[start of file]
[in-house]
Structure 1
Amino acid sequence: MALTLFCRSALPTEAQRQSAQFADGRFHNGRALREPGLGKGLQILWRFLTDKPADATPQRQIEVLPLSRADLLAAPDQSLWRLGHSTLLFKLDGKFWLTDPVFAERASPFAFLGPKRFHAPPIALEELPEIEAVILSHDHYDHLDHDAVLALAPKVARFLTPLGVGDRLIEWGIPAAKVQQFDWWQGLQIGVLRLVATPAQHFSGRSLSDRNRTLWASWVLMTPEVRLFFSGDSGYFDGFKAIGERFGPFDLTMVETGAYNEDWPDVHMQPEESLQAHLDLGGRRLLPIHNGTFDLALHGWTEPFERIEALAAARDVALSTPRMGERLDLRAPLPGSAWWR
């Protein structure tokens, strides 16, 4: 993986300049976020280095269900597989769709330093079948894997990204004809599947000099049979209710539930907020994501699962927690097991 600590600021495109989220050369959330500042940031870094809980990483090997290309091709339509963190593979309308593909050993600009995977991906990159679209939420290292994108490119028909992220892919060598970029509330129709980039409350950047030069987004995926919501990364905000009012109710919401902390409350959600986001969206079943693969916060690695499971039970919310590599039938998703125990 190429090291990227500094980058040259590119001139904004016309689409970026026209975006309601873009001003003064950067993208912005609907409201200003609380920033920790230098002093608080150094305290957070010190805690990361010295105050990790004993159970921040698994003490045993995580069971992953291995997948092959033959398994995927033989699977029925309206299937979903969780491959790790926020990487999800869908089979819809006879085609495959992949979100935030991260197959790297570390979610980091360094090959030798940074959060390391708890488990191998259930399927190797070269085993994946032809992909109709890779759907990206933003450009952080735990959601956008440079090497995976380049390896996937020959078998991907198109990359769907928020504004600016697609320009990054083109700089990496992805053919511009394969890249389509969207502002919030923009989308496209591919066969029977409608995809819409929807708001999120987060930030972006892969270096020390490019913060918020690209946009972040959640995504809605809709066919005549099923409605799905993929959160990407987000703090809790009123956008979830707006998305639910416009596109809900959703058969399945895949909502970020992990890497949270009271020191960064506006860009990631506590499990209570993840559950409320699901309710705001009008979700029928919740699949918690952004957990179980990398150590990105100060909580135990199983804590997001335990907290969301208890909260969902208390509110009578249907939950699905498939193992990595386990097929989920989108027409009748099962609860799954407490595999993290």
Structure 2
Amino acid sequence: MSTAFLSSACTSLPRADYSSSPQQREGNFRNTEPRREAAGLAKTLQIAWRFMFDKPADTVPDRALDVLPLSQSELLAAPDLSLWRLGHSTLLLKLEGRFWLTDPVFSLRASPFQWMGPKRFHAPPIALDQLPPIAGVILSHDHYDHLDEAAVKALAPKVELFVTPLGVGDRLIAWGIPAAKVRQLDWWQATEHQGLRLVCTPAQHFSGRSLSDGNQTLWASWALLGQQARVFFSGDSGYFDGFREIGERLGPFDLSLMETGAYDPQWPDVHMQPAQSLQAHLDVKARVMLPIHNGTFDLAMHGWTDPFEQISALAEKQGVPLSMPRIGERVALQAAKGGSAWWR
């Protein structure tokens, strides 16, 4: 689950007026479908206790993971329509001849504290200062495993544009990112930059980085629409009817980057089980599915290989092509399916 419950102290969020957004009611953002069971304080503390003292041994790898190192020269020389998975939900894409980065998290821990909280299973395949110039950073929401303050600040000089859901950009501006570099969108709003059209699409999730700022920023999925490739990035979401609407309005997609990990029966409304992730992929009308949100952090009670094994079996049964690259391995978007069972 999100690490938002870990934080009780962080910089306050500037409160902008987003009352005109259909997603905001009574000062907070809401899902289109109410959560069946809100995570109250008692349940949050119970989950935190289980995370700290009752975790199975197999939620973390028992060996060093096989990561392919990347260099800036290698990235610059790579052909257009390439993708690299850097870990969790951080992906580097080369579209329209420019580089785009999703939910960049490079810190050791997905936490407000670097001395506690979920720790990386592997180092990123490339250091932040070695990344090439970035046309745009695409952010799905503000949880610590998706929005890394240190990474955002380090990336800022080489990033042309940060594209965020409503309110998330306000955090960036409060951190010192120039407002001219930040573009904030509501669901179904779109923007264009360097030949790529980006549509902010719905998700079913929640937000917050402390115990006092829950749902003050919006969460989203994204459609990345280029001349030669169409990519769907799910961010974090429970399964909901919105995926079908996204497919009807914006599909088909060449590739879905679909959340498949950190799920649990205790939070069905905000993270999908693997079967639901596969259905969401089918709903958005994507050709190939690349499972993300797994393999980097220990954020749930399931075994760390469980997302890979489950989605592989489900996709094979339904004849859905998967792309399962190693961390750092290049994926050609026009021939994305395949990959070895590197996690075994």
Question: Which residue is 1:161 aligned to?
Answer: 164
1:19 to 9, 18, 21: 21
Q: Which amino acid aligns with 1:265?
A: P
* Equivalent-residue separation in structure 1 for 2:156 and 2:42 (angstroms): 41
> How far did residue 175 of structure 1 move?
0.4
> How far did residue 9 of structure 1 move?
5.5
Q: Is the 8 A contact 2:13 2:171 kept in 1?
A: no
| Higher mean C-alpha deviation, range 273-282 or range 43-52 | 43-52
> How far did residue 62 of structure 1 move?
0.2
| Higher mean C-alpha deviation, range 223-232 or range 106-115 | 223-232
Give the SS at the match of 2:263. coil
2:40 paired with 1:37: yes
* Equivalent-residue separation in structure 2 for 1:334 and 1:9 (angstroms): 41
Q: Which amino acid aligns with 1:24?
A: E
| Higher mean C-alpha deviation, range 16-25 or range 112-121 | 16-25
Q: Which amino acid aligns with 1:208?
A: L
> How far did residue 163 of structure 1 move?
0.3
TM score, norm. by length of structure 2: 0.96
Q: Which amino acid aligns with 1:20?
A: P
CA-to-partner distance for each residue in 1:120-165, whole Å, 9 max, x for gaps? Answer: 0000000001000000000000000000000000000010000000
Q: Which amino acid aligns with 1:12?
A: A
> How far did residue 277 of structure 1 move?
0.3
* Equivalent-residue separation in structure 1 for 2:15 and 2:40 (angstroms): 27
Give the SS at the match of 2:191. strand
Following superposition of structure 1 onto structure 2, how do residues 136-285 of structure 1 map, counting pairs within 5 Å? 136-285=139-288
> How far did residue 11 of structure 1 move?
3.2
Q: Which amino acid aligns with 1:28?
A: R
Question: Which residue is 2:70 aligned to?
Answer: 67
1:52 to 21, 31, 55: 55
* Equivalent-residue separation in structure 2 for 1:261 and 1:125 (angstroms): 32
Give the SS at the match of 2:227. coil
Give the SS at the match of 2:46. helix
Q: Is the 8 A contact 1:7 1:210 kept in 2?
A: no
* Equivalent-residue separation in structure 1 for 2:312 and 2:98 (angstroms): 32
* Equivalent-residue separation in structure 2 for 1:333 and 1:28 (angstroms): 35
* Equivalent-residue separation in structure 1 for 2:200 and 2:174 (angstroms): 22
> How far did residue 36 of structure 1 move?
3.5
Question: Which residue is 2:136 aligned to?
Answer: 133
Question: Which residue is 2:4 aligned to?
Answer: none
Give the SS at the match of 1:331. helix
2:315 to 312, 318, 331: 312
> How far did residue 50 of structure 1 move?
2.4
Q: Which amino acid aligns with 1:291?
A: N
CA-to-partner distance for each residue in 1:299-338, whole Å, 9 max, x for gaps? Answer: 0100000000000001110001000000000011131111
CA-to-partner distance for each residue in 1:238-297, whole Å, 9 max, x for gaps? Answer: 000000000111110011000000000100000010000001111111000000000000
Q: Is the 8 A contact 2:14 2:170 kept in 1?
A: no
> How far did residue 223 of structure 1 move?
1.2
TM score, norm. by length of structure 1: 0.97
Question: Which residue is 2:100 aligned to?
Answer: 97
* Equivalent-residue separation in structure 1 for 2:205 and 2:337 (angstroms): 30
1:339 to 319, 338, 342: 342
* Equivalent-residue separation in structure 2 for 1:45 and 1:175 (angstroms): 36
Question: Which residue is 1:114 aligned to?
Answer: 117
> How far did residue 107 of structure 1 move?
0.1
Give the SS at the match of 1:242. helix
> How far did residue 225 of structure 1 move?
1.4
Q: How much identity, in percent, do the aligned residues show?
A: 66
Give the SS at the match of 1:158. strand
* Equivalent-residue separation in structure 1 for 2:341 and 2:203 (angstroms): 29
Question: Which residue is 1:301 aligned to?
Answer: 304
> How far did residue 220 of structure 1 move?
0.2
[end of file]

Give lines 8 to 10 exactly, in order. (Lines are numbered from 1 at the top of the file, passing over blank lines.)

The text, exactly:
Question: Which residue is 1:161 aligned to?
Answer: 164
1:19 to 9, 18, 21: 21